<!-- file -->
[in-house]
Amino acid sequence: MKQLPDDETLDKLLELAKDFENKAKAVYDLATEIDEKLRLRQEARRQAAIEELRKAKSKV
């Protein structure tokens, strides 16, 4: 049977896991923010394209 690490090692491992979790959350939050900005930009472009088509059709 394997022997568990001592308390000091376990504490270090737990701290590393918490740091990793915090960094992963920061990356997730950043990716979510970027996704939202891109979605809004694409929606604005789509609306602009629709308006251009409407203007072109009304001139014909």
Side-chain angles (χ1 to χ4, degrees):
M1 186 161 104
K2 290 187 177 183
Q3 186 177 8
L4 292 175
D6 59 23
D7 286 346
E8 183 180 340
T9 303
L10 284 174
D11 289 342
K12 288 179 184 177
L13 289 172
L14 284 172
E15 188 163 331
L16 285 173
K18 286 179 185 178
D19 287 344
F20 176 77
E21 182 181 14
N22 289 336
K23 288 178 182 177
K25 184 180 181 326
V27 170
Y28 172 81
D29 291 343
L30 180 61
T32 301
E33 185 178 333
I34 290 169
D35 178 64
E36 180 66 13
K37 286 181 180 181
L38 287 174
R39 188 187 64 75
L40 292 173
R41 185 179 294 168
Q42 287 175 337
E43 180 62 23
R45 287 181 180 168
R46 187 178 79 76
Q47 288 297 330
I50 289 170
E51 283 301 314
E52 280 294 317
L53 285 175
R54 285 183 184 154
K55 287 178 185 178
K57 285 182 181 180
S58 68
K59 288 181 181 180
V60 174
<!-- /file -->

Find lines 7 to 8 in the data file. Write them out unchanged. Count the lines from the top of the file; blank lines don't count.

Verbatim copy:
Q3 186 177 8
L4 292 175